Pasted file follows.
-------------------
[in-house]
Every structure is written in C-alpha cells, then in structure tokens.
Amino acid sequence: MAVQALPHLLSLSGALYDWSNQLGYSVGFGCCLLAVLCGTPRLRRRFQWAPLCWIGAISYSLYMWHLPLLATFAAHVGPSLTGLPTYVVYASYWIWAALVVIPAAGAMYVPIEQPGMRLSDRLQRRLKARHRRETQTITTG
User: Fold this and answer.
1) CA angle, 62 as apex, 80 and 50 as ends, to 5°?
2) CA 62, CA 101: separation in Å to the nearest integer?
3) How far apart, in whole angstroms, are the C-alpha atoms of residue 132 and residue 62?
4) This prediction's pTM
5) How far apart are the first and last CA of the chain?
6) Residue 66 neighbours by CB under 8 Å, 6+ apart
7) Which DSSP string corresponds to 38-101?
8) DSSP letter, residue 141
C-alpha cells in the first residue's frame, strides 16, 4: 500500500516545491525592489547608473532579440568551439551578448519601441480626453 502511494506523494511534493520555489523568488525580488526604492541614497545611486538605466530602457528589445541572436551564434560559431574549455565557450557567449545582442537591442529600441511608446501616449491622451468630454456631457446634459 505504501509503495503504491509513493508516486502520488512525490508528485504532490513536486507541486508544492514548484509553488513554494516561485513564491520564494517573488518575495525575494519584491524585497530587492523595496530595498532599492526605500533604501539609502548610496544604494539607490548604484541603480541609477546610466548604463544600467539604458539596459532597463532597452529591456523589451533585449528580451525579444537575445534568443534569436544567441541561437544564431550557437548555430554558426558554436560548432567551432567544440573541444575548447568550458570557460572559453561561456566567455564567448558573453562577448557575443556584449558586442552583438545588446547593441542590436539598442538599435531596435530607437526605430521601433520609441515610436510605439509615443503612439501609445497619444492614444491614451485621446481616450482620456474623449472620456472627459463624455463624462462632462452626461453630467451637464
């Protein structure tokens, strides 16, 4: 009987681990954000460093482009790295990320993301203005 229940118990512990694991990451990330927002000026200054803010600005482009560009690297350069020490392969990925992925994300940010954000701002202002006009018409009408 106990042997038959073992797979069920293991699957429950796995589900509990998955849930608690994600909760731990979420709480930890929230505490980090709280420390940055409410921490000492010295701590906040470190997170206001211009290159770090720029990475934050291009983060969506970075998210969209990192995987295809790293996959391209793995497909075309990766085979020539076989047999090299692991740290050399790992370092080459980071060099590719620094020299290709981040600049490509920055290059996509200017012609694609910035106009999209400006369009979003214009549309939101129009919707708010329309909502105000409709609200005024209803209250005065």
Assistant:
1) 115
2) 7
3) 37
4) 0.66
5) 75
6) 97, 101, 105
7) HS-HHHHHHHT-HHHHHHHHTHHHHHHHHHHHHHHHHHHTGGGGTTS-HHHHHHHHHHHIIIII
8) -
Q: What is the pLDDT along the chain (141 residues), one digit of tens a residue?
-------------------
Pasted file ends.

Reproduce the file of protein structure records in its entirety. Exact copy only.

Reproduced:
[in-house]
Every structure is written in C-alpha cells, then in structure tokens.
Amino acid sequence: MAVQALPHLLSLSGALYDWSNQLGYSVGFGCCLLAVLCGTPRLRRRFQWAPLCWIGAISYSLYMWHLPLLATFAAHVGPSLTGLPTYVVYASYWIWAALVVIPAAGAMYVPIEQPGMRLSDRLQRRLKARHRRETQTITTG
User: Fold this and answer.
1) CA angle, 62 as apex, 80 and 50 as ends, to 5°?
2) CA 62, CA 101: separation in Å to the nearest integer?
3) How far apart, in whole angstroms, are the C-alpha atoms of residue 132 and residue 62?
4) This prediction's pTM
5) How far apart are the first and last CA of the chain?
6) Residue 66 neighbours by CB under 8 Å, 6+ apart
7) Which DSSP string corresponds to 38-101?
8) DSSP letter, residue 141
C-alpha cells in the first residue's frame, strides 16, 4: 500500500516545491525592489547608473532579440568551439551578448519601441480626453 502511494506523494511534493520555489523568488525580488526604492541614497545611486538605466530602457528589445541572436551564434560559431574549455565557450557567449545582442537591442529600441511608446501616449491622451468630454456631457446634459 505504501509503495503504491509513493508516486502520488512525490508528485504532490513536486507541486508544492514548484509553488513554494516561485513564491520564494517573488518575495525575494519584491524585497530587492523595496530595498532599492526605500533604501539609502548610496544604494539607490548604484541603480541609477546610466548604463544600467539604458539596459532597463532597452529591456523589451533585449528580451525579444537575445534568443534569436544567441541561437544564431550557437548555430554558426558554436560548432567551432567544440573541444575548447568550458570557460572559453561561456566567455564567448558573453562577448557575443556584449558586442552583438545588446547593441542590436539598442538599435531596435530607437526605430521601433520609441515610436510605439509615443503612439501609445497619444492614444491614451485621446481616450482620456474623449472620456472627459463624455463624462462632462452626461453630467451637464
């Protein structure tokens, strides 16, 4: 009987681990954000460093482009790295990320993301203005 229940118990512990694991990451990330927002000026200054803010600005482009560009690297350069020490392969990925992925994300940010954000701002202002006009018409009408 106990042997038959073992797979069920293991699957429950796995589900509990998955849930608690994600909760731990979420709480930890929230505490980090709280420390940055409410921490000492010295701590906040470190997170206001211009290159770090720029990475934050291009983060969506970075998210969209990192995987295809790293996959391209793995497909075309990766085979020539076989047999090299692991740290050399790992370092080459980071060099590719620094020299290709981040600049490509920055290059996509200017012609694609910035106009999209400006369009979003214009549309939101129009919707708010329309909502105000409709609200005024209803209250005065």
Assistant:
1) 115
2) 7
3) 37
4) 0.66
5) 75
6) 97, 101, 105
7) HS-HHHHHHHT-HHHHHHHHTHHHHHHHHHHHHHHHHHHTGGGGTTS-HHHHHHHHHHHIIIII
8) -
Q: What is the pLDDT along the chain (141 residues), one digit of tens a residue?